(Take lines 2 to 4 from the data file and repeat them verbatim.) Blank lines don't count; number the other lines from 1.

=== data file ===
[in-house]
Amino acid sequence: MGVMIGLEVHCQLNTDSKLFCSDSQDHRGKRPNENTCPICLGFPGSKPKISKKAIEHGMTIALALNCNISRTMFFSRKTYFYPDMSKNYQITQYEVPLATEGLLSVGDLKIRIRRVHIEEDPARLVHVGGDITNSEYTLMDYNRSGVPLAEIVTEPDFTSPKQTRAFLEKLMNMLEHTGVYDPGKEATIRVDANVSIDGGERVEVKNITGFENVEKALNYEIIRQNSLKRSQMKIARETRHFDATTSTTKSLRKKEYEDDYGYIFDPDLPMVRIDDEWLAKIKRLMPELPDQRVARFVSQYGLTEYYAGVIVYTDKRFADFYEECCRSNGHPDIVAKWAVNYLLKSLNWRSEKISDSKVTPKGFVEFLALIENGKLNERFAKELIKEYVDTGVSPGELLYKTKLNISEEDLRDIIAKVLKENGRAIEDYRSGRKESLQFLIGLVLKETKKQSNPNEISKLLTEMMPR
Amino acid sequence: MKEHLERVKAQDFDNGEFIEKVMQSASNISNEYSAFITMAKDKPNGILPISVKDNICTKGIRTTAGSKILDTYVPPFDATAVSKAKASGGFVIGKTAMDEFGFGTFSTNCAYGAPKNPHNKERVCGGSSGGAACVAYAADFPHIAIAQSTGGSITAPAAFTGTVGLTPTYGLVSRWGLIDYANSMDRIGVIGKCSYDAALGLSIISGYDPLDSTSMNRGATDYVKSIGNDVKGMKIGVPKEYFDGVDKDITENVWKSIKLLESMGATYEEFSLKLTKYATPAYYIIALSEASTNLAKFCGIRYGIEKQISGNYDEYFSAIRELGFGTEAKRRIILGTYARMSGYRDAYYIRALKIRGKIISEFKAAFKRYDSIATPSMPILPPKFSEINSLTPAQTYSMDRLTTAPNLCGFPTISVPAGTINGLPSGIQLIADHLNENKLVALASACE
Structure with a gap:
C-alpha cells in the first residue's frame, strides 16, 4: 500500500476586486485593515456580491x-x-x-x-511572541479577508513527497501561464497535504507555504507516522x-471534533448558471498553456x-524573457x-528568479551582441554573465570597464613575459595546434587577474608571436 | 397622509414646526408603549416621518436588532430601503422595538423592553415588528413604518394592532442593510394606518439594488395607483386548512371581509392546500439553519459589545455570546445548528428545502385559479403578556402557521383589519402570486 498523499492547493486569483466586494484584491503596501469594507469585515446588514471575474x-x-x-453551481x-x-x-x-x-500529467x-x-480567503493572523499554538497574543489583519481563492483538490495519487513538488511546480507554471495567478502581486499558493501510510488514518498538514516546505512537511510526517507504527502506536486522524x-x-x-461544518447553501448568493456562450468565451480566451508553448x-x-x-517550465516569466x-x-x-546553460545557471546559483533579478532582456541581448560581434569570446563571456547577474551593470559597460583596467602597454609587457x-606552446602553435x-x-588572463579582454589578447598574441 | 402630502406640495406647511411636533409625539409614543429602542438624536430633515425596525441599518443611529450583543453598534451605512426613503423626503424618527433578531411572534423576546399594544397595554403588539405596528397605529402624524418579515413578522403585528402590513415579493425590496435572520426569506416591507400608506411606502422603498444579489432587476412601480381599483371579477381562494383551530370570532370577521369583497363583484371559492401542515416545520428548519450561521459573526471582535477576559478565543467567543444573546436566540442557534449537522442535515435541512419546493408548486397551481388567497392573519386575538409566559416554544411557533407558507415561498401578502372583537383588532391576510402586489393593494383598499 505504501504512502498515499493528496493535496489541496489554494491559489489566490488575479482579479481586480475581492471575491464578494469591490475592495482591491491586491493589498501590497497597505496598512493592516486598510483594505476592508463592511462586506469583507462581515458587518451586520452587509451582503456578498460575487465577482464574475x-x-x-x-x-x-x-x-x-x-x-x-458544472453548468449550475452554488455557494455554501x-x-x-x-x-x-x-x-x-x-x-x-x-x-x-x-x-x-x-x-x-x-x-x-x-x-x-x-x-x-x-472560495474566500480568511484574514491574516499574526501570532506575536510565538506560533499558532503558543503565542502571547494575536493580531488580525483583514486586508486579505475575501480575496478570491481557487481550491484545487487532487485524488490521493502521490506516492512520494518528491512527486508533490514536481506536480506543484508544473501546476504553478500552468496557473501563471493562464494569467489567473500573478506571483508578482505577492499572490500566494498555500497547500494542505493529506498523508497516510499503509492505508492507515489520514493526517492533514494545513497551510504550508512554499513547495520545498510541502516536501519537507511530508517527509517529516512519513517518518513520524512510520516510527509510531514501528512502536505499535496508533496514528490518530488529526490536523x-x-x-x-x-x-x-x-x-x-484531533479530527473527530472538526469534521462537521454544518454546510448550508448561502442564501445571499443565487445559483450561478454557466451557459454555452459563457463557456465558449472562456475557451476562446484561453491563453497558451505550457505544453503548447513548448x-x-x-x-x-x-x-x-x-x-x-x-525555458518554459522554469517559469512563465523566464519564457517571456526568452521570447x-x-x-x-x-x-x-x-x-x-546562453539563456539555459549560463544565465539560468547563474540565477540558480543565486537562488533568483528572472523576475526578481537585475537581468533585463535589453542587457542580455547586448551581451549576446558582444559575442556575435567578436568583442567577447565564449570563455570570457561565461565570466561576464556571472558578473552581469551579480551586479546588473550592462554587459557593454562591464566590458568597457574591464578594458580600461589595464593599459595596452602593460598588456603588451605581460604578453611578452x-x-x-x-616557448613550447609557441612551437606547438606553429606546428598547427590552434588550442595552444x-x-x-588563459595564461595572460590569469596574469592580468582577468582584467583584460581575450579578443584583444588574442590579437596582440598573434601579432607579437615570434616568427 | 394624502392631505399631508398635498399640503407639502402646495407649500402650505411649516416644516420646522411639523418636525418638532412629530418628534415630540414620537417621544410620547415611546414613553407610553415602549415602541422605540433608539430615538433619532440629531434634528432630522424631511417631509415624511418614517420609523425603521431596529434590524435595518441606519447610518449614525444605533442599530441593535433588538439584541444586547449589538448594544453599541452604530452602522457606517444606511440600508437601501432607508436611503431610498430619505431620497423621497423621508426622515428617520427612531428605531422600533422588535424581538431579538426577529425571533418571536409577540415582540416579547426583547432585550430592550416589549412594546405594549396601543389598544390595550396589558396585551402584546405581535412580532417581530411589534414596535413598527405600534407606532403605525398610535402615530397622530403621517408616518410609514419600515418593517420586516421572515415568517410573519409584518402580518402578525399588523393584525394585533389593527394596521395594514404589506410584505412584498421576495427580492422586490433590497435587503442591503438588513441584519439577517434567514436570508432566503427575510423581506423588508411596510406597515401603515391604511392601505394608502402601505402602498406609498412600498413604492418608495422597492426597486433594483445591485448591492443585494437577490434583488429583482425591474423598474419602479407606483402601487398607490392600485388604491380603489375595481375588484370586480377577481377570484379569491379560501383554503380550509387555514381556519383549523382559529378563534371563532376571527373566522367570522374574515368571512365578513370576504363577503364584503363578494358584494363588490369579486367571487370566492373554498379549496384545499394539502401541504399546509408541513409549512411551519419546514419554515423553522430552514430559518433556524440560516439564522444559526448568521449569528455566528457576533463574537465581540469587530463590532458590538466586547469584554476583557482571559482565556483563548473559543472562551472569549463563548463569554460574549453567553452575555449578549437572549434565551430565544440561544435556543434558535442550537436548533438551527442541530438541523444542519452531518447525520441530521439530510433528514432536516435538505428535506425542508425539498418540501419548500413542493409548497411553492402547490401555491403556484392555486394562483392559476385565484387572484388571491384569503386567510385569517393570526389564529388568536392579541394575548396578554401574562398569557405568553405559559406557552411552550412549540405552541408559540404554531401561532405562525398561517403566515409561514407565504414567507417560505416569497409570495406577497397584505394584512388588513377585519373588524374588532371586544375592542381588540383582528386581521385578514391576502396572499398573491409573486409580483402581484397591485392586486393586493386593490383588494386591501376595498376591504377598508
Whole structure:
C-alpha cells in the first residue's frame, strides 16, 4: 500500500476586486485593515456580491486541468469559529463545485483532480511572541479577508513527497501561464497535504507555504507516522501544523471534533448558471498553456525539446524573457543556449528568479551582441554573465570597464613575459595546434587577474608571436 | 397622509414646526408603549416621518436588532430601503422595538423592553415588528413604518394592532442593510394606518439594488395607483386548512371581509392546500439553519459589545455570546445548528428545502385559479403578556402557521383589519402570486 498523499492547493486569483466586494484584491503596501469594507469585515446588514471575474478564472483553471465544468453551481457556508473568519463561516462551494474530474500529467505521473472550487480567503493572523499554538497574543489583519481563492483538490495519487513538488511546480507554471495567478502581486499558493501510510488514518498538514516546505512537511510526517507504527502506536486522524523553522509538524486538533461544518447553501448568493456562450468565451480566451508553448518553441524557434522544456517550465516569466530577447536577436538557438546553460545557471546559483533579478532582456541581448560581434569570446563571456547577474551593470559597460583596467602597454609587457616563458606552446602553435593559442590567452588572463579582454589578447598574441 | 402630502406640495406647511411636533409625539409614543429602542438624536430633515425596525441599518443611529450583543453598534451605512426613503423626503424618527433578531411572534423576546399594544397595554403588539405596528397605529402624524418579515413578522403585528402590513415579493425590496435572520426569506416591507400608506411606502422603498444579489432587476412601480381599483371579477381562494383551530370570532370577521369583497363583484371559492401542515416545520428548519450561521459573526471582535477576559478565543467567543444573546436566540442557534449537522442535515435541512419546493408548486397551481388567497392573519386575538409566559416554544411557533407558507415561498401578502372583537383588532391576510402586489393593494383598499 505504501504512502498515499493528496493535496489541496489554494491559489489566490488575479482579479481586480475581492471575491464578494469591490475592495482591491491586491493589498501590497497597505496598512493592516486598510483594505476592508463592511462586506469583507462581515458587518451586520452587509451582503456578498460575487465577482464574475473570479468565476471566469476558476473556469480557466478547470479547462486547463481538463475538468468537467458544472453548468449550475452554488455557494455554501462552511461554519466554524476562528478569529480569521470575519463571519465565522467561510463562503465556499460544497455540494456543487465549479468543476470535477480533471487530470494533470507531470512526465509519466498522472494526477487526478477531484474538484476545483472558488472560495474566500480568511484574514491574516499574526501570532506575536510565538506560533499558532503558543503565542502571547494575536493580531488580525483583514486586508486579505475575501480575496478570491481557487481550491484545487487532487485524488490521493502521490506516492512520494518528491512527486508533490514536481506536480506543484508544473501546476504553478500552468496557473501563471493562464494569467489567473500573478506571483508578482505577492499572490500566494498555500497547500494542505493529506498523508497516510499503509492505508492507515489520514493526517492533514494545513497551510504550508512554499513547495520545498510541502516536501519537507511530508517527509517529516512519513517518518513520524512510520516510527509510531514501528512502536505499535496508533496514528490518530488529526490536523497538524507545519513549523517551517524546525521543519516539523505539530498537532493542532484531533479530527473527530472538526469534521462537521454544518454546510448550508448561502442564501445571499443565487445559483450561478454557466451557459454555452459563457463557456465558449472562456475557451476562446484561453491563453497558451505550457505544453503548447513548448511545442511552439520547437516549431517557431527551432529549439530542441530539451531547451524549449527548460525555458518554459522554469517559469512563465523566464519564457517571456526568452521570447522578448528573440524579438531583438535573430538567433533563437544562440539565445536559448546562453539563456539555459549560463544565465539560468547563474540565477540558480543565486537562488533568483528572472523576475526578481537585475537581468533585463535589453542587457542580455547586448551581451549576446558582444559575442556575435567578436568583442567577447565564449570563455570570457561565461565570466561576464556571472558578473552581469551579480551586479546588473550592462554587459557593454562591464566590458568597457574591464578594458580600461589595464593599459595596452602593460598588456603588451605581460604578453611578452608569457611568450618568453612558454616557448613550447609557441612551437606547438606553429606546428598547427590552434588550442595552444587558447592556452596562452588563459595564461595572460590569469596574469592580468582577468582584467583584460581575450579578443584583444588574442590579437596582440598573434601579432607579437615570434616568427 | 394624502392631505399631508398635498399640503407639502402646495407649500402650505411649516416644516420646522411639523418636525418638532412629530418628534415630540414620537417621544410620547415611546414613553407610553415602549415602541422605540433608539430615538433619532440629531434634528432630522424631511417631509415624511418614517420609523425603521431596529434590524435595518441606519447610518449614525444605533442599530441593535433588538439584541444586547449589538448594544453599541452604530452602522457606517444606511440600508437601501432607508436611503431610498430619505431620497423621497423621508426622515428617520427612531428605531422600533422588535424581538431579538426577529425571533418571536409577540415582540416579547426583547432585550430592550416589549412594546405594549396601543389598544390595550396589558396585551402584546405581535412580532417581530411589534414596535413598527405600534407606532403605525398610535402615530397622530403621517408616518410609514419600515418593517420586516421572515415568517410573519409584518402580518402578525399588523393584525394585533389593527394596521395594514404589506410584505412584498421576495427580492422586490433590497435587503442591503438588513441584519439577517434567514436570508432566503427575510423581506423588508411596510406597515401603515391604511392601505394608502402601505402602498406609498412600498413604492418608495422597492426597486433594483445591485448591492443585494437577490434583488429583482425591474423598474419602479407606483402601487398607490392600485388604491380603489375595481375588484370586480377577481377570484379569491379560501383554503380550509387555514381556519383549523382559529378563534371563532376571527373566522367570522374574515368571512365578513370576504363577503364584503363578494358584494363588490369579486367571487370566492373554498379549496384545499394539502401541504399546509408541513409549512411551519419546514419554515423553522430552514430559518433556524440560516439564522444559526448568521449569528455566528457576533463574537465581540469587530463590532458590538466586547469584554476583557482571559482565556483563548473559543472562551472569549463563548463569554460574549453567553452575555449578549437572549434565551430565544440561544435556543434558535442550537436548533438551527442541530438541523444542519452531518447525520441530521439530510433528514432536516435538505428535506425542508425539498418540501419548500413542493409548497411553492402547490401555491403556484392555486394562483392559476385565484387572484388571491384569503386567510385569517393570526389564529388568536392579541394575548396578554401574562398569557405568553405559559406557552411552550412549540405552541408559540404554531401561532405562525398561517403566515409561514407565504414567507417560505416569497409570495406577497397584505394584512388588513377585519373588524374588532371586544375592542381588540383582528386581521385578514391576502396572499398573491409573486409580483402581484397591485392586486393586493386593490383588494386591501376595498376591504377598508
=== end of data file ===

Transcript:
Amino acid sequence: MGVMIGLEVHCQLNTDSKLFCSDSQDHRGKRPNENTCPICLGFPGSKPKISKKAIEHGMTIALALNCNISRTMFFSRKTYFYPDMSKNYQITQYEVPLATEGLLSVGDLKIRIRRVHIEEDPARLVHVGGDITNSEYTLMDYNRSGVPLAEIVTEPDFTSPKQTRAFLEKLMNMLEHTGVYDPGKEATIRVDANVSIDGGERVEVKNITGFENVEKALNYEIIRQNSLKRSQMKIARETRHFDATTSTTKSLRKKEYEDDYGYIFDPDLPMVRIDDEWLAKIKRLMPELPDQRVARFVSQYGLTEYYAGVIVYTDKRFADFYEECCRSNGHPDIVAKWAVNYLLKSLNWRSEKISDSKVTPKGFVEFLALIENGKLNERFAKELIKEYVDTGVSPGELLYKTKLNISEEDLRDIIAKVLKENGRAIEDYRSGRKESLQFLIGLVLKETKKQSNPNEISKLLTEMMPR
Amino acid sequence: MKEHLERVKAQDFDNGEFIEKVMQSASNISNEYSAFITMAKDKPNGILPISVKDNICTKGIRTTAGSKILDTYVPPFDATAVSKAKASGGFVIGKTAMDEFGFGTFSTNCAYGAPKNPHNKERVCGGSSGGAACVAYAADFPHIAIAQSTGGSITAPAAFTGTVGLTPTYGLVSRWGLIDYANSMDRIGVIGKCSYDAALGLSIISGYDPLDSTSMNRGATDYVKSIGNDVKGMKIGVPKEYFDGVDKDITENVWKSIKLLESMGATYEEFSLKLTKYATPAYYIIALSEASTNLAKFCGIRYGIEKQISGNYDEYFSAIRELGFGTEAKRRIILGTYARMSGYRDAYYIRALKIRGKIISEFKAAFKRYDSIATPSMPILPPKFSEINSLTPAQTYSMDRLTTAPNLCGFPTISVPAGTINGLPSGIQLIADHLNENKLVALASACE
Structure with a gap: